I trained in SoCal full-time and opted out of Cerritos College for wrestling. It sounds silly not to go to school. But, I had no passion for any other career but this one. It was fulfilling a dream. In a sense I feel like the kids from Peter Pan—the Lost Boys. I don’t want to grow up.

PJ: How did you know MMA was it?

JJ: Part of me felt this was destiny or fate. I saw myself making it here. In the beginning I was na├»ve. When I first started out fighting I was sure of myself. Then I got older and realized, hey, I’m good at this.

PJ: What is it about MMA that makes you want to continue to do it?

JJ: It clicked from that first fight. All the martial arts pieces come together. It’s addicting in a way. Although, there are some scary things behind the scenes. The 24 hours before a fight I feel like I’m line for a roller coaster and I can’t get out of line. Every fight it’s the same mentality—the fear of the unknown. The waiting. It’s not like a street fight, there is no escalation. It is eight weeks of training, knowing who you are going to fight and having no animosity towards them. You just know that in eight weeks you get into the cage and fight.

It’s still an addiction. At my first fight camp, the night before weigh in I felt like I was going crazy. Part of me wanted to quit. One of the coaches said that it’s crazy to get in a cage and not feel it. This is going against the grain…starving yourself [for the weigh in]. The body and mind want shelter, enough food to eat, etc. Here you are willing to put yourself in harm’s way. It’s your moment of sanity thinking I want to quit.

But you can’t. The night before the fight all the nerves and pressure are there. After the fight you know exactly why you do this. It seems perfectly natural, not crazy. Then, a month goes by and you forget again and ask why am I doing this?

PJ: What are you top moments in MMA?

JJ: It’s hard to narrow down everything. Although, I have to say the travel around the world and the people I’ve met resonate. I’ve met the who’s who in MMA.

I remember as a kid watching [Jean Claude] Van Damme’s movie Kickboxer and thinking Wow, it would be awesome to train in Thailand. Then at 23 my bags were packed and I was going to Thailand. If I had gone to college I wouldn’t have traveled to all those places in the short life I’ve had.

PJ: What was it like in Thailand?

JJ: It was an eye-opener. The sport is more embedded in the culture. In American it is baseball, there it is Muy Thai. I’m not sure what percentage of the population fights there, but you are either a tuk tuk driver, a government official or a fighter. When they see a Westerner, they ask Muy Thai?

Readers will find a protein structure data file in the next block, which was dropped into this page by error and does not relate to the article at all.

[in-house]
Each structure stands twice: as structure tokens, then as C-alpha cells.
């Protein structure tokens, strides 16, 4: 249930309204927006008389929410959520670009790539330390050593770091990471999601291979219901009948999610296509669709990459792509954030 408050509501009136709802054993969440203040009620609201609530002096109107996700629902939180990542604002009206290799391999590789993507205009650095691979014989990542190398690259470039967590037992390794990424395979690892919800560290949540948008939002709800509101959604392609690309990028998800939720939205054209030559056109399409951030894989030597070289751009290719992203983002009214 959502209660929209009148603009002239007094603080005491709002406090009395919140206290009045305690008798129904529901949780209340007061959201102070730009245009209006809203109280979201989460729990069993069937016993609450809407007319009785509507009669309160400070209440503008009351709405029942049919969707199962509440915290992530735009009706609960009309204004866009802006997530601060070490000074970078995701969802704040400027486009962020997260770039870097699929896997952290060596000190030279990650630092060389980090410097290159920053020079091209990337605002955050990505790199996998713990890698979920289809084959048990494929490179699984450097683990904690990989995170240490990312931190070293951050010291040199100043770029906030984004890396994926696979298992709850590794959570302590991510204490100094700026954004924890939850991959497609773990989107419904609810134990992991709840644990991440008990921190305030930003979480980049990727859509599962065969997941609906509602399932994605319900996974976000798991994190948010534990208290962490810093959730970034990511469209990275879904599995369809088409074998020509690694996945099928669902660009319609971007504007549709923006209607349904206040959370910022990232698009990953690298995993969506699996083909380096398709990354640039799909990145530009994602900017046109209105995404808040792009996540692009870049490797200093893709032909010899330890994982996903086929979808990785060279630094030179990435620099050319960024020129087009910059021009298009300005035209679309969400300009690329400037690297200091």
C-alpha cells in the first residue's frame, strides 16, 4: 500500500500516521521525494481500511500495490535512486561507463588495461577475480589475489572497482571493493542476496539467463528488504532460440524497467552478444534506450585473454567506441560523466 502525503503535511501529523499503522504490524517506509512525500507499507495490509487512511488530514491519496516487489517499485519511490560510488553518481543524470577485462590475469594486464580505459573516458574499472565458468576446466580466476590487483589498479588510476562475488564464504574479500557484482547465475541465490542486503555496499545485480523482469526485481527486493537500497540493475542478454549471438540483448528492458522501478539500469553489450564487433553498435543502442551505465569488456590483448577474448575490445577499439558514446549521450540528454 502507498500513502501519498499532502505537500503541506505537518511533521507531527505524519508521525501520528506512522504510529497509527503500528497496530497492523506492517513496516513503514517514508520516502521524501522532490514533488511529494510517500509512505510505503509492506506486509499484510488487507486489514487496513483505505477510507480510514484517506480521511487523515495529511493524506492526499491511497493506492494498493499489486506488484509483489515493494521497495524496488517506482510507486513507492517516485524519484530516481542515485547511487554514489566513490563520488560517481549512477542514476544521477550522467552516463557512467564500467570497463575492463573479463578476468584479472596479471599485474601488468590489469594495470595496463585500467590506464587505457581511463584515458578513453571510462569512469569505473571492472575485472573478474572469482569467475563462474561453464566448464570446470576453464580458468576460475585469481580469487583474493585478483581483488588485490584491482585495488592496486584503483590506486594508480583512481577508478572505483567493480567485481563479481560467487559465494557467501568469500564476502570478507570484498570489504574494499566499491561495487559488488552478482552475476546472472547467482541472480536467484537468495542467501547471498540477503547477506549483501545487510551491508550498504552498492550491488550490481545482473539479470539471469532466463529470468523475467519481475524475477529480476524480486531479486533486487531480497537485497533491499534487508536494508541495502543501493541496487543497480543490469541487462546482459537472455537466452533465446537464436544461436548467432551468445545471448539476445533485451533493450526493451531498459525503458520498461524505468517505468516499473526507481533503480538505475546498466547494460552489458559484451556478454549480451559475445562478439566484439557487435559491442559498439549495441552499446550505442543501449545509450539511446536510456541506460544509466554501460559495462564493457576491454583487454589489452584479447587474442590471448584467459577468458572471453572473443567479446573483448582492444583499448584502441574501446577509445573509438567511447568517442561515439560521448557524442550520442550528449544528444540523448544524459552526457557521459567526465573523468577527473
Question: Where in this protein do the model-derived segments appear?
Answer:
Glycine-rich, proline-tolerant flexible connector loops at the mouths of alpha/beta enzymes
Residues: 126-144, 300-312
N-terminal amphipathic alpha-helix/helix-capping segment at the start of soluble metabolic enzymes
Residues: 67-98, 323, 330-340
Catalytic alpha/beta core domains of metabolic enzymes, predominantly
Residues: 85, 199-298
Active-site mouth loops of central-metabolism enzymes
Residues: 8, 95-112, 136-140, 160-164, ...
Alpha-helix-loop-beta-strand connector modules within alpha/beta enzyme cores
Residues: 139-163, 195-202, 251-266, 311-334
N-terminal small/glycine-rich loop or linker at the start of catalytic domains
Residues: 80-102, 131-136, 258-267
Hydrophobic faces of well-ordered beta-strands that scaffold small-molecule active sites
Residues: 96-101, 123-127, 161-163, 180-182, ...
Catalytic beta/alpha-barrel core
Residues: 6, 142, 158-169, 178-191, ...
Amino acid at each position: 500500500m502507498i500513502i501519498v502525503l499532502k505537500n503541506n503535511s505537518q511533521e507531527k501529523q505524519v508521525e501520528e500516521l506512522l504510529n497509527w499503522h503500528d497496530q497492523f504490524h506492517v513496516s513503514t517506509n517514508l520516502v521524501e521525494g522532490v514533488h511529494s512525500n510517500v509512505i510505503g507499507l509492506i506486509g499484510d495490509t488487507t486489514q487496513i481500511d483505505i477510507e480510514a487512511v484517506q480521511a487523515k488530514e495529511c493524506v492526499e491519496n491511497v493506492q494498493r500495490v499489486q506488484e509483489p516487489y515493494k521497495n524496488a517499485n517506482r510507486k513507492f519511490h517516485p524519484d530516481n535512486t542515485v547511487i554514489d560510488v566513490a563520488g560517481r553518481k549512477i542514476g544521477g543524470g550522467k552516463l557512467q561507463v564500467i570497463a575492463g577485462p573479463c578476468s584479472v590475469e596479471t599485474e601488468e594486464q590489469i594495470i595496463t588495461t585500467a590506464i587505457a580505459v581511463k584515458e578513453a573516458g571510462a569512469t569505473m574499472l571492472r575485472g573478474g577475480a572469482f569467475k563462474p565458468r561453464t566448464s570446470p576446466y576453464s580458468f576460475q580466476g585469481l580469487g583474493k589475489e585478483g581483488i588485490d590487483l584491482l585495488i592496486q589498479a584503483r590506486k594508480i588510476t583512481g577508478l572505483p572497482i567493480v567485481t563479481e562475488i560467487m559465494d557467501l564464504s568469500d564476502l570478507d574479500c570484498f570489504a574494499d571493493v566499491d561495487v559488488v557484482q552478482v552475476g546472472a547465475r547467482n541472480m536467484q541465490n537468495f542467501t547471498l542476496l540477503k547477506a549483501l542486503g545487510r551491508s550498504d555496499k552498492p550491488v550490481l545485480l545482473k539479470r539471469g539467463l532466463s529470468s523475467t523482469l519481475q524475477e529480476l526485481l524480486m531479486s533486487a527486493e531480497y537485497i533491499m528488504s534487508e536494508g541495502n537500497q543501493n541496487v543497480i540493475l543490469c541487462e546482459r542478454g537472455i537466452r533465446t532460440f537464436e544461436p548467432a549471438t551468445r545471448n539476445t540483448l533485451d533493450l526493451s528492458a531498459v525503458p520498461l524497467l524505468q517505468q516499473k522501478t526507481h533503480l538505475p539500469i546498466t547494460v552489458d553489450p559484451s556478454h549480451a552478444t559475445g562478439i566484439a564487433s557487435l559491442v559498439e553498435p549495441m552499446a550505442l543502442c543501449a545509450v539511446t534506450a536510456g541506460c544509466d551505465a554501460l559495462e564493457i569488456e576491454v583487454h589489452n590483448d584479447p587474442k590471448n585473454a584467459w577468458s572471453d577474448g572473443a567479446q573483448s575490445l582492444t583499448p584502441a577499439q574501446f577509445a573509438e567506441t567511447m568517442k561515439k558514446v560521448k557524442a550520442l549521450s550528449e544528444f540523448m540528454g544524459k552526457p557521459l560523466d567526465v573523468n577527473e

Thailand is a beautiful place, but people assume if you are a Westerner, you are there training Muy Thai.

PJ: How about the training?

JJ: Before Thailand training was different. It’s hard to break down. Before I fought with a controlled rage. I’d pump myself up over nothing and fight. There, both fighters are trying to get ahead. They accept losses and carry on.

In America, people are bitter and angry if your team gets knocked out of the playoffs. They are bitter and root against others.

In Thailand, it’s I lost, I’ll go back to the gym tomorrow. It’s business as usual…an acceptance. It’s not a change in training, it’s more of a change mentally. There is a lesson learned, now go back to the gym…now I know how to train.

PJ: How has your training changed since you’ve been working with Kevin Nathan and Travis Amorim of Bodies by Amorim?

JJ: As a fighter, my mentality was either to spar or do martial arts training to get in shape. I had read about strength training and heard others talk about it. It has made me more efficient. Now I am stronger and faster and my level of coordination has improved. This is the key to the puzzle…what makes me a complete fighter.

Year round I maintain a level of cardio. I am never out of shape. I can’t get stronger and faster at the same time. Sometimes I work on strength and other times speed. Right now, I am working on my skills sets—to get better. Recently, I trained for a fight that was cancelled, so I am ready to go.

In UFC fights get cancelled a lot. It is the equivalent to a pitcher on the sidelines waiting to go in. Now, I am just waiting for an opponent.

Fortunately, I am still young enough to make an impact in UFC. I have another 5-10 years in me. Luckily, I haven’t been injured and I am still coherent—no brain injuries, so it’s a matter of time.

PJ: How do you keep motivated?

JJ: I enjoy training. I enjoy the camaraderie with the other fighters. It is the sense of fitting in—like we are all crowded around the campfire telling stories. As fighter, it’s comforting knowing others are going through the same strife as you. You are not the only one.

It’s like two people tired and both look up at the same time and see each other suffering. I know what you are going through.

PJ: What is your favorite sport to train?

JJ: I get a different satisfaction out of all of them. I enjoy jiu jitsu, boxing, wrestling—all of it. It’s about landing a punch. I am not happy hurting someone, but I get a satisfaction out of landing a perfect punch. I want to make people quit—not die—that is the goal.